The Amityville House of Long Island, NY still stands as a private residence decades after 23-year-old Ronald "Butch" DeFeo took out six members of his family while they slept in 1974. The house has since been the subject of several movies and TV shows due to the alleged "haunting" of the Lutz family, who inhabited the house after the DeFeos, though no owner since then has claimed paranormal activity.
The best-selling book about the Lutz family's time in the house, The Amityville Horror, has been deemed a hoax after DeFeo’s lawyer, William Weber, reportedly admitted he and the Lutzes “created this horror story over many bottles of wine" in the hopes of a new trial for DeFeo. The house at 112 Ocean Avenue is occupied in 2019 and was purchased by its latest owners for $605,000 in 2017.
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The Clutter House Of Holcomb, KS Is A Key Location From 'In Cold Blood'
If you're a fan of Truman Capote's novel In Cold Blood, the Clutter house in Holcomb, KS may be on your bucket list. (Remember, however, it is a private residence.) In November 1959, two drifters, Richard “Dick” Hickock and Perry Edward Smith, executed four members of the Clutter family at their secluded home at the end of Oak Street. The men had heard rumors about how the Clutters kept a substantial amount of money in the house, but became enraged when they learned there was none.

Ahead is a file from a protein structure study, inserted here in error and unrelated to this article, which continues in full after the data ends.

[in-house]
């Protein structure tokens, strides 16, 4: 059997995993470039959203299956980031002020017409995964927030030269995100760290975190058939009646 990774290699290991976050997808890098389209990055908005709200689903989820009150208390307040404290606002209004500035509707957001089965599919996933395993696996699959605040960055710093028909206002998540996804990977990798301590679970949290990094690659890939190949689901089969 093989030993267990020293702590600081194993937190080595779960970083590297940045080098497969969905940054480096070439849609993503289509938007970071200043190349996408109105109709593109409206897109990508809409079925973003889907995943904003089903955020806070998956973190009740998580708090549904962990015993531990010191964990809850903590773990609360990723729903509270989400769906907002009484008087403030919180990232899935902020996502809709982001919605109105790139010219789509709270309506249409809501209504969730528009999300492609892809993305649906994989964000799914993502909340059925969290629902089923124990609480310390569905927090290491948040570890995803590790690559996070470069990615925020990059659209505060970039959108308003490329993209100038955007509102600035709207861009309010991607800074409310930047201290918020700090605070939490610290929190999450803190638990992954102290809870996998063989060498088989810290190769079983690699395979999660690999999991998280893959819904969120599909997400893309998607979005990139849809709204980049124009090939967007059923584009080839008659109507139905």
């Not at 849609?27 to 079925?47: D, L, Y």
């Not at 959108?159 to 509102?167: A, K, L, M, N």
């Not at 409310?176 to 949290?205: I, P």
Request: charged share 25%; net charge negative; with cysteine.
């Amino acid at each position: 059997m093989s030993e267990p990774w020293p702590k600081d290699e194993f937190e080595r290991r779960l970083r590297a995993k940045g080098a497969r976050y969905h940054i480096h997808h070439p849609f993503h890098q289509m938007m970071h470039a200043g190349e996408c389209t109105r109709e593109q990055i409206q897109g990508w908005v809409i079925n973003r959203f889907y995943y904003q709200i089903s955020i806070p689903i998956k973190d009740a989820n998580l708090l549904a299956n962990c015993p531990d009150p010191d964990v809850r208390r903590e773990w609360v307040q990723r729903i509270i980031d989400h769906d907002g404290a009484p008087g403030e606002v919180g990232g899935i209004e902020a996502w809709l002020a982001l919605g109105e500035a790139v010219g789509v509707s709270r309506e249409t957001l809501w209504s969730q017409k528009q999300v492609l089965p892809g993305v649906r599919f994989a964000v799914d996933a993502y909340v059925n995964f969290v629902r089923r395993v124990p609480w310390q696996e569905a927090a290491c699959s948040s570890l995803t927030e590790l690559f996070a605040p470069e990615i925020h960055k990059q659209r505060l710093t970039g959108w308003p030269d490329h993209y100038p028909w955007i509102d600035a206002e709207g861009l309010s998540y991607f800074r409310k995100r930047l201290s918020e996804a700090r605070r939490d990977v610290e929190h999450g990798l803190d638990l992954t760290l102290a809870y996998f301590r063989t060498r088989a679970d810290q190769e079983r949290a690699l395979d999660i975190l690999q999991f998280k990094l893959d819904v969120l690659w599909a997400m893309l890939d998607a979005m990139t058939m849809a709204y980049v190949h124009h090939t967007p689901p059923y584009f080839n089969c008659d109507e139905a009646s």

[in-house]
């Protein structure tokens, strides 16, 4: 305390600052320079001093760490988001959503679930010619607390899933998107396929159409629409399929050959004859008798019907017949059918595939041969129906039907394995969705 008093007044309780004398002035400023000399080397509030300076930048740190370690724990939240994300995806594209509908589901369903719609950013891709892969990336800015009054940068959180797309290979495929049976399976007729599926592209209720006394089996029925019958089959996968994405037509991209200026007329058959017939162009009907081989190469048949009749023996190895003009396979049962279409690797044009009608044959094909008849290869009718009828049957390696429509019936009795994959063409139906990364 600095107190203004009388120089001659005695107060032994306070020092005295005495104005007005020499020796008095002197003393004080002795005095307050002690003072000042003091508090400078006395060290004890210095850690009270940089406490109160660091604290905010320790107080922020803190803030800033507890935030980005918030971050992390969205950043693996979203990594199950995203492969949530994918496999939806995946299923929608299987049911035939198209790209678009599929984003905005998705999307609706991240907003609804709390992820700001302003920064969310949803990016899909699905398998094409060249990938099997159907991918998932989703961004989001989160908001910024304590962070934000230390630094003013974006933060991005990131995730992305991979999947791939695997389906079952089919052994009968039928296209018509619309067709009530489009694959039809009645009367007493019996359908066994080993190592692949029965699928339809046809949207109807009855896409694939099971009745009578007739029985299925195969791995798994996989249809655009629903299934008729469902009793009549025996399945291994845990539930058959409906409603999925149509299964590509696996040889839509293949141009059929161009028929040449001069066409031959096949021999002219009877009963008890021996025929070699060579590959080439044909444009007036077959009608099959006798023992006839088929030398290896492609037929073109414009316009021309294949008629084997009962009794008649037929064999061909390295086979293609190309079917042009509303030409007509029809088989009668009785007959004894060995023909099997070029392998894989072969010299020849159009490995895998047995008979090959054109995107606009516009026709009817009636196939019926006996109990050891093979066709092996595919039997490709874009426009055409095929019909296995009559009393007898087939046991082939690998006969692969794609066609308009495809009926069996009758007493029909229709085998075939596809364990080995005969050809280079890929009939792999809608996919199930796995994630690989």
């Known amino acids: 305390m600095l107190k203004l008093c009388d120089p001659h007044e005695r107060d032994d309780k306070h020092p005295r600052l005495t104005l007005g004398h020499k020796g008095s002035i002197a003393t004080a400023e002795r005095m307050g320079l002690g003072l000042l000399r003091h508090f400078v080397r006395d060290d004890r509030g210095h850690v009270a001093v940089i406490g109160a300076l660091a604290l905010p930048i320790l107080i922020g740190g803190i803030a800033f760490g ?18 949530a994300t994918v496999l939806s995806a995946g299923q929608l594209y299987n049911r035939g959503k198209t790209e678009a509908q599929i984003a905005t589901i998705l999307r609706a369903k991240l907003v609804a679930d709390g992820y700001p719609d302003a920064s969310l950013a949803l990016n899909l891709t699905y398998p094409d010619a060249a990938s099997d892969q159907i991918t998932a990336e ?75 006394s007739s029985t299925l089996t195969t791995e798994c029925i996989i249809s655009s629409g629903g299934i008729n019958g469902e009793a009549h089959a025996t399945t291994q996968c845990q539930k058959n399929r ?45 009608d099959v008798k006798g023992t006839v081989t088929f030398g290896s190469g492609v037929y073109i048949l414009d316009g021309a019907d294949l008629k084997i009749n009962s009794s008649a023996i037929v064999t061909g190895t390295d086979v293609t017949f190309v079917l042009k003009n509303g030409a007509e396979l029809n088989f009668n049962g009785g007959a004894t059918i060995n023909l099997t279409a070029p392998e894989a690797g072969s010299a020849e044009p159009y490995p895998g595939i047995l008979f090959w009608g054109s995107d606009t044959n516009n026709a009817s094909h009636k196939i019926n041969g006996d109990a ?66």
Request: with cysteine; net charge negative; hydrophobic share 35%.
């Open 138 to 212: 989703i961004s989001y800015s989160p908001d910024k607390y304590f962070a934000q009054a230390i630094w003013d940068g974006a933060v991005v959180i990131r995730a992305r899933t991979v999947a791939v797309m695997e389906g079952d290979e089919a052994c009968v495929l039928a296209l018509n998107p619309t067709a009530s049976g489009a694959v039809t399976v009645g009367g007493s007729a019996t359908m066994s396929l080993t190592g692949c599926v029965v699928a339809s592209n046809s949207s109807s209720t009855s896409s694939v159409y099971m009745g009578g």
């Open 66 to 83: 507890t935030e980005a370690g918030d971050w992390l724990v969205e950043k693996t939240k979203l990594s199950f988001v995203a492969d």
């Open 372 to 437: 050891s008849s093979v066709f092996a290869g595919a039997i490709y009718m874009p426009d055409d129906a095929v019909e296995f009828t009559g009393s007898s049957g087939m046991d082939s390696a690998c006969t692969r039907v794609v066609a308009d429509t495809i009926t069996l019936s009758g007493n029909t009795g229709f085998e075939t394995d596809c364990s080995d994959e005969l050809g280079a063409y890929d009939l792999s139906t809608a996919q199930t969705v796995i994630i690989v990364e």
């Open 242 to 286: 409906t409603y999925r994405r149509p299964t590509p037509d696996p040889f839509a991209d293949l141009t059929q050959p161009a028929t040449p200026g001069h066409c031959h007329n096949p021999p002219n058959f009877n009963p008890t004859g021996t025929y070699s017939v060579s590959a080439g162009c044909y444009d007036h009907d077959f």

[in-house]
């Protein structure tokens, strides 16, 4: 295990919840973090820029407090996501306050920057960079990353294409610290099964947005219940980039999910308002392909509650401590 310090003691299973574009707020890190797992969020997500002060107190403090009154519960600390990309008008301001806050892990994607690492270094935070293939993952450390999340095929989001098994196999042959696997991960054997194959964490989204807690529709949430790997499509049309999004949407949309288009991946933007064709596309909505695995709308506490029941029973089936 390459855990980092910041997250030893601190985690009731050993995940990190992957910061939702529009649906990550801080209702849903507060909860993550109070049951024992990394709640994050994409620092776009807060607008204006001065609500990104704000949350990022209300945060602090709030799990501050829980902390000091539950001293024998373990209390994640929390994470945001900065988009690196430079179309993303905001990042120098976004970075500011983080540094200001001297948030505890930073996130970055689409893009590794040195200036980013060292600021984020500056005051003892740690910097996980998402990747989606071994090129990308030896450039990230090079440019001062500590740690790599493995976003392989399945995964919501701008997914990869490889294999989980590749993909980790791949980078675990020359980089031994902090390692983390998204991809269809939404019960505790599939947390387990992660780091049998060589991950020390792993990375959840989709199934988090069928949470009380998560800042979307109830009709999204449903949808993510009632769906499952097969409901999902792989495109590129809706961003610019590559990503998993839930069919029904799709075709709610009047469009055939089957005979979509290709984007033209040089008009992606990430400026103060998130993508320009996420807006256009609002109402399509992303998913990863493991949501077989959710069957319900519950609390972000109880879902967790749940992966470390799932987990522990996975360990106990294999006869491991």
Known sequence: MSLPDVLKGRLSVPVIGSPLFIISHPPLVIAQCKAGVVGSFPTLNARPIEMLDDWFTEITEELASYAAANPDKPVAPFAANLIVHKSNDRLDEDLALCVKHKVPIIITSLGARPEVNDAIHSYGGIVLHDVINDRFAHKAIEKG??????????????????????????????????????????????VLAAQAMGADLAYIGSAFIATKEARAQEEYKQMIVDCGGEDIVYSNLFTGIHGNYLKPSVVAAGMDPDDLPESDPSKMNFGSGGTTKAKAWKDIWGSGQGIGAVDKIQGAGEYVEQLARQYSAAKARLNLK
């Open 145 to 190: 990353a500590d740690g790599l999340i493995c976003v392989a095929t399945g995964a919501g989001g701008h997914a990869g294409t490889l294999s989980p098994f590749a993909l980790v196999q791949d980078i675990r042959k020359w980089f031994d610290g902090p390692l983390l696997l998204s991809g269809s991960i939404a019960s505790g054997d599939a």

Weeks after the slayings, the pair was arrested when a jailhouse snitch revealed their identities and both met their end by hanging in 1965. The home was purchased by Bob Byrd, a cattle rancher who allowed filmmakers to shoot the 1967 film about the incident, In Cold Blood, inside. After his passing, the house was sold to another couple in 1990, but by 2006 they were fed up with its notoriety and put it on the market.